General Motors’ ignition-switch recall debacle just won’t go away.
With over a million recalled but unfixed vehicles still on the road and pressure on GM to fix the cars as quickly as possible, the company has come up with an interesting proposition.
Since the risk of death hasn’t convinced those million-plus car owners to visit their dealership, GM hopes $25 worth of coffee will.
The recall, which was announced in February, included 2.6 million cars and involves a faulty ignition switch that could shift into the accessory position while driving, shutting down important functions like brakes, steering and airbags while the car is running.
At least 30 people have been killed because of this defect, but that risk apparently isn’t enough for owners to take action and have the free repair made.
Owners who bring their car in for repair before January 1 will receive a $25 gift card to Amazon, AMC, Applebee’s, Bass Pro Shops, Red Robin, Starbucks or Walmart.
Since there are still over a million unfixed cars on the road, it’s understandable that affected cars are quickly losing resale value. The Chevy Cobalt, Chevy HHR and Saturn ION are among those, and some owners are suing GM for lost value.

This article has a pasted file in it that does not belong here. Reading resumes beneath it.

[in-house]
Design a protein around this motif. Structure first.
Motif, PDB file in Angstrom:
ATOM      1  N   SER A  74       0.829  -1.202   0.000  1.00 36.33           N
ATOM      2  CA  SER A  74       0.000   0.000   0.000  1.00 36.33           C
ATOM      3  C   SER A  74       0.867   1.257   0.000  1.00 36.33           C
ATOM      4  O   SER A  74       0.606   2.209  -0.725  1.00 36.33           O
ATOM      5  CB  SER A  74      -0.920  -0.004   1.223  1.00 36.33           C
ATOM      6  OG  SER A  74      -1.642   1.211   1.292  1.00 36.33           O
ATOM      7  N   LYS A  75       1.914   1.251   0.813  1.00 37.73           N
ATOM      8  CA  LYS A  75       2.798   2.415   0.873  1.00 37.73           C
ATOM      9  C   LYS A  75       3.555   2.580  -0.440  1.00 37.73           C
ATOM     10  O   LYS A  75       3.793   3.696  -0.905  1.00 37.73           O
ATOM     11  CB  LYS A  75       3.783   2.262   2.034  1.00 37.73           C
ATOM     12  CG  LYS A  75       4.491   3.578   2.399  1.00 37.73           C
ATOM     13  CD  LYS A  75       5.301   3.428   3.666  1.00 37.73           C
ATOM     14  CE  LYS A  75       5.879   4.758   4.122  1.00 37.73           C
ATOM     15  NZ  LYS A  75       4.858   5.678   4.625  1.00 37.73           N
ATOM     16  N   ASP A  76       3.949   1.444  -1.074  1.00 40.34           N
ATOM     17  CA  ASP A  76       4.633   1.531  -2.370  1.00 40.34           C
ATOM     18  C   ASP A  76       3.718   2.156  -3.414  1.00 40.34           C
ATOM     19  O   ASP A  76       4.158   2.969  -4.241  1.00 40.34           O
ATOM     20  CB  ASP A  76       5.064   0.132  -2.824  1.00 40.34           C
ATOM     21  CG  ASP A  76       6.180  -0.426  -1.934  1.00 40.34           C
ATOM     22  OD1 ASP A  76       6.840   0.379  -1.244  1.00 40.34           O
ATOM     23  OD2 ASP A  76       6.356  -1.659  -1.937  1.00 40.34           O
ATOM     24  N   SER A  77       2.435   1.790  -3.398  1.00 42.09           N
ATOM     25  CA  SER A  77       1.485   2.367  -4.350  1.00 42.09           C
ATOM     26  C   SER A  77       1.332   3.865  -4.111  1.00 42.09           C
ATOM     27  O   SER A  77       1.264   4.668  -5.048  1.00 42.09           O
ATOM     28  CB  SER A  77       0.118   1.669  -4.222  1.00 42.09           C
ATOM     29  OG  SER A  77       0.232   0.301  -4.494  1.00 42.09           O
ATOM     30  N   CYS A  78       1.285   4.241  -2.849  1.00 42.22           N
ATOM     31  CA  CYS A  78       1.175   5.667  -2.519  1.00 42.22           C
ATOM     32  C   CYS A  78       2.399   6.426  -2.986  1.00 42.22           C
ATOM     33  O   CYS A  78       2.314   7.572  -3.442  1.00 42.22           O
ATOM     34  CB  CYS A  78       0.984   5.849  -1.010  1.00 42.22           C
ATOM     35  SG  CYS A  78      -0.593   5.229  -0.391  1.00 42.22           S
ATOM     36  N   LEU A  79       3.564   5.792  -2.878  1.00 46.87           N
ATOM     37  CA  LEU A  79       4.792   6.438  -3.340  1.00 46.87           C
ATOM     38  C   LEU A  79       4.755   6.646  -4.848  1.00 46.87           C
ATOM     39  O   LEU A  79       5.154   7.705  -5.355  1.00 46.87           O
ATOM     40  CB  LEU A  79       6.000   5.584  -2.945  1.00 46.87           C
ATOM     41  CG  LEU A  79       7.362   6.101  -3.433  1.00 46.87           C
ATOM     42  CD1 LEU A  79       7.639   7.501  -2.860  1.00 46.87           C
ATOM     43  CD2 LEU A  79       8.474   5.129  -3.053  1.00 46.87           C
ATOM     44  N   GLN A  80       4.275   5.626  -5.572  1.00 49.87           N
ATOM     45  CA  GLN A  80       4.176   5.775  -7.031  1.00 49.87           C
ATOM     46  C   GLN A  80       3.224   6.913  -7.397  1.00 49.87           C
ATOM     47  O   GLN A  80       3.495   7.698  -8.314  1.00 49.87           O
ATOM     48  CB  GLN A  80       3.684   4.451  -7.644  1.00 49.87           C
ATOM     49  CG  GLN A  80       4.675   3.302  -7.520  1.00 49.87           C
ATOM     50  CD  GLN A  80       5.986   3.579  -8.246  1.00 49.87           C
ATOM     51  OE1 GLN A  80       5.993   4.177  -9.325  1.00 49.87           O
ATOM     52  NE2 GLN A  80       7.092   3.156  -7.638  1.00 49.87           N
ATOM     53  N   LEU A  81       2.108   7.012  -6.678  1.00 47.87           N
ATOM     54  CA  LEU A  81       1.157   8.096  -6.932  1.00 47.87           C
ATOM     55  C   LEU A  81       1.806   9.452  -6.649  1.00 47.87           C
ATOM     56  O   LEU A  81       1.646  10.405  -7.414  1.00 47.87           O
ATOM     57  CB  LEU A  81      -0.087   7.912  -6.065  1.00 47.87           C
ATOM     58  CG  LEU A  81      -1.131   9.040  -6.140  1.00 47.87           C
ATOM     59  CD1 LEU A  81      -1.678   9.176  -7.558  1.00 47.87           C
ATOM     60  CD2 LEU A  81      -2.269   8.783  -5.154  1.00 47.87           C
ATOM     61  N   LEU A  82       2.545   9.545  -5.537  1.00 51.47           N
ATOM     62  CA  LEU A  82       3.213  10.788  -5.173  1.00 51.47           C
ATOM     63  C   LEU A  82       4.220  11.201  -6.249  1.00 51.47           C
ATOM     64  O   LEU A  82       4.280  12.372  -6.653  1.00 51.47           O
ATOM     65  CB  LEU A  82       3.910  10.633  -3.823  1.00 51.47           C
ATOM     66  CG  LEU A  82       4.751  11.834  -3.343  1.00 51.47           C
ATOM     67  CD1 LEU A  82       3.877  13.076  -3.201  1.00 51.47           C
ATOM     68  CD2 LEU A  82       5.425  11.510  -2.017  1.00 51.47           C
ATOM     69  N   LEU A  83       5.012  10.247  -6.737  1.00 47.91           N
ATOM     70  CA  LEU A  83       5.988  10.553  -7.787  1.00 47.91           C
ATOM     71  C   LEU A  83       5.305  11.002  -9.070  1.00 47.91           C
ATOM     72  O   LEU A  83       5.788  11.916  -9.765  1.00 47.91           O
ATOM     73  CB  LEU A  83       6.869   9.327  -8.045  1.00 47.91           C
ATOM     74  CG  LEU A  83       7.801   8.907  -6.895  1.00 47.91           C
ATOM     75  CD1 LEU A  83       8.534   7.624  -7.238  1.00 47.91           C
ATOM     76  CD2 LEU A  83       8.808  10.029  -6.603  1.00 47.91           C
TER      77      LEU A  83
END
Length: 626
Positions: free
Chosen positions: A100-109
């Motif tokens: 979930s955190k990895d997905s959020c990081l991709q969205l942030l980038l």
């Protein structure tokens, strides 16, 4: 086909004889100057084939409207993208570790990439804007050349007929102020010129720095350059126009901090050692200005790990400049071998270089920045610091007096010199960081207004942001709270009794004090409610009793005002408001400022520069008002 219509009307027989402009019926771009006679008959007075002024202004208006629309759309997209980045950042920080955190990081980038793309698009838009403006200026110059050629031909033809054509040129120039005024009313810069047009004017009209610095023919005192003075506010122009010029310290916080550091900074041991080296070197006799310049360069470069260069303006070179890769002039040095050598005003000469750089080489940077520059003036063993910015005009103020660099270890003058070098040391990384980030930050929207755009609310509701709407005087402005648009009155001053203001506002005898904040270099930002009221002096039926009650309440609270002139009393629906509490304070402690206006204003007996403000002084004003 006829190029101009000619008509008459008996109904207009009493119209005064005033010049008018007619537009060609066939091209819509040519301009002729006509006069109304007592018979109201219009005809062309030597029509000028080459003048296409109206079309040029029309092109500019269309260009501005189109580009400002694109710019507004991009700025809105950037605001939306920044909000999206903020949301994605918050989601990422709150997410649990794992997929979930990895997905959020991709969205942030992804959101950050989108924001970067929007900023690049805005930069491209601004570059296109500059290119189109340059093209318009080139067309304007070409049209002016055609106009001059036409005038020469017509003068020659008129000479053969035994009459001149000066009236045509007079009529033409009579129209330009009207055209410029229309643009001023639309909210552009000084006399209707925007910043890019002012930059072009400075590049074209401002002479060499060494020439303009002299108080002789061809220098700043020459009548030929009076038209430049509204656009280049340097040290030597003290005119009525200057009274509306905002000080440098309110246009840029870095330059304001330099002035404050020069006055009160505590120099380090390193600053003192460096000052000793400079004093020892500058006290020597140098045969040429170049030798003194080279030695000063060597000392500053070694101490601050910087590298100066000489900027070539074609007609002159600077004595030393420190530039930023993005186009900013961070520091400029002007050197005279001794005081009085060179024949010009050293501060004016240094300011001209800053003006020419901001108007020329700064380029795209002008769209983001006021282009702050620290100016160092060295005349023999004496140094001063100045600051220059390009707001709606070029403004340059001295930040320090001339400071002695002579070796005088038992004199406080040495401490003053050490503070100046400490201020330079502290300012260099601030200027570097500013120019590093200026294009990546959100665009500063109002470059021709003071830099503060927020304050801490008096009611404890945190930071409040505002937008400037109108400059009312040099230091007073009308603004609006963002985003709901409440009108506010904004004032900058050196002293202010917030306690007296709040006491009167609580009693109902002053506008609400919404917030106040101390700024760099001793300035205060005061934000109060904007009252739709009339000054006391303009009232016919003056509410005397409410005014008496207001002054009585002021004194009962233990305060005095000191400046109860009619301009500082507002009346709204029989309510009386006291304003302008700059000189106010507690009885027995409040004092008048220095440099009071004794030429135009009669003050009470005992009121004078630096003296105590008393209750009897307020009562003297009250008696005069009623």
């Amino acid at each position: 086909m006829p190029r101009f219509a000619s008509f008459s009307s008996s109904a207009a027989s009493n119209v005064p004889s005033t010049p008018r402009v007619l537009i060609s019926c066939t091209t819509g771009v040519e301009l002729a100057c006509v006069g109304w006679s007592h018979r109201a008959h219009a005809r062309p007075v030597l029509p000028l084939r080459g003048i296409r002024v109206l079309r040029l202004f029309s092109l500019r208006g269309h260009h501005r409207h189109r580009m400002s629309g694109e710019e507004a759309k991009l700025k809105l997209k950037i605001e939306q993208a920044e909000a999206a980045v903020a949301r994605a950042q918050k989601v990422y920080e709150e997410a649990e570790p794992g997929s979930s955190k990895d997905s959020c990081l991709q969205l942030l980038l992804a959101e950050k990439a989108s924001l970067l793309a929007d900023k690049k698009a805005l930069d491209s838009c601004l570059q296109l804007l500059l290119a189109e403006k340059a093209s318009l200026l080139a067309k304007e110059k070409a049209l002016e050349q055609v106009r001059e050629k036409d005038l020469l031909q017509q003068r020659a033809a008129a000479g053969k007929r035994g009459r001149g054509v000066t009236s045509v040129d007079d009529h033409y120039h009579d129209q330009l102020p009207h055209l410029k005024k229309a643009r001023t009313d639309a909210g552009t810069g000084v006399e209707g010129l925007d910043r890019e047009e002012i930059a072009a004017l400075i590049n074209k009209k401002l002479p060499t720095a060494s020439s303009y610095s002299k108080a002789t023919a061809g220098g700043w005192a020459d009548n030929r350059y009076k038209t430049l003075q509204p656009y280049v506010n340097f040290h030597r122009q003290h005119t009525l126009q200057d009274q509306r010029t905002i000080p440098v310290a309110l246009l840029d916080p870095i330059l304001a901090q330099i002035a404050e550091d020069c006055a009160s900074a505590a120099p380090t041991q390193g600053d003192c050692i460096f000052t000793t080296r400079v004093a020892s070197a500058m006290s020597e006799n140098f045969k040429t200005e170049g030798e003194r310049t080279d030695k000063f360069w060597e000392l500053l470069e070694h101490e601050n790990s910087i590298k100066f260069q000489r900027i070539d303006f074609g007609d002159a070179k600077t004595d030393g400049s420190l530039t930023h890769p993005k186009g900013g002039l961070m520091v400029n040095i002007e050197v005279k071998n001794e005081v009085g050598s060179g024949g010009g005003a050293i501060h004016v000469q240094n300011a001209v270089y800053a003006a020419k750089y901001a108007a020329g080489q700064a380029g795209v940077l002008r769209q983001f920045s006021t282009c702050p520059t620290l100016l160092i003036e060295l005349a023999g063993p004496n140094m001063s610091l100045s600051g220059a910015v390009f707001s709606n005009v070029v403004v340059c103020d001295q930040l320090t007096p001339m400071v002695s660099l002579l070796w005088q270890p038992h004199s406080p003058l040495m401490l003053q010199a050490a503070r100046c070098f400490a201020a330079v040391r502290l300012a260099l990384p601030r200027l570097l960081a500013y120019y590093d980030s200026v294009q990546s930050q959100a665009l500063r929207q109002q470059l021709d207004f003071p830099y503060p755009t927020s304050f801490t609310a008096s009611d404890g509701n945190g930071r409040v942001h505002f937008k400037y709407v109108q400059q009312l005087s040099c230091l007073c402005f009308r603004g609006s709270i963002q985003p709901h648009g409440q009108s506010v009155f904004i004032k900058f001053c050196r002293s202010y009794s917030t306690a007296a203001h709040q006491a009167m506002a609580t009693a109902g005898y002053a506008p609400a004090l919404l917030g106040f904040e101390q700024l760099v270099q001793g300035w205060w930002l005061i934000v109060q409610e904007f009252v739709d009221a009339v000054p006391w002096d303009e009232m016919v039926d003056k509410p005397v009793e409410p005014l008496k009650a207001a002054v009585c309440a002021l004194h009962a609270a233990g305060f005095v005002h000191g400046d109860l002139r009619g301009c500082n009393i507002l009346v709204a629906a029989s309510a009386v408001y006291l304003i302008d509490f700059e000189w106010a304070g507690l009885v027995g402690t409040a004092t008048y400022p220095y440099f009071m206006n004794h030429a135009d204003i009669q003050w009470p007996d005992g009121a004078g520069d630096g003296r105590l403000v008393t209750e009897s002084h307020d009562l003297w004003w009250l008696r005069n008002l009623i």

The problem is that GM says it isn’t responsible since the cars were produced before its 2009 bankruptcy.
GM has said it’s setting aside as much as $600 million to compensate people who were injured or lost loved ones in those vehicles, including pre-bankruptcy models, that inadvertently lost power. GM says it isn’t obligated, however, to pay economic damages to people who claim those same pre-bankruptcy cars are worth less because of the flaw.
There’s not much GM can do to increase the value of used cars, especially on the private-party market. What it can, and should, do is offer a higher trade-in value to owners of these cars so they can upgrade at a fair price.
It’s not often that I come to the defense of General Motors, but in this case it’s truly doing all it can to fix the recalled cars. I hope it reaches a solution to compensate owners for lost value, too.
Should GM do more for owners of cars affected by the ignition recall?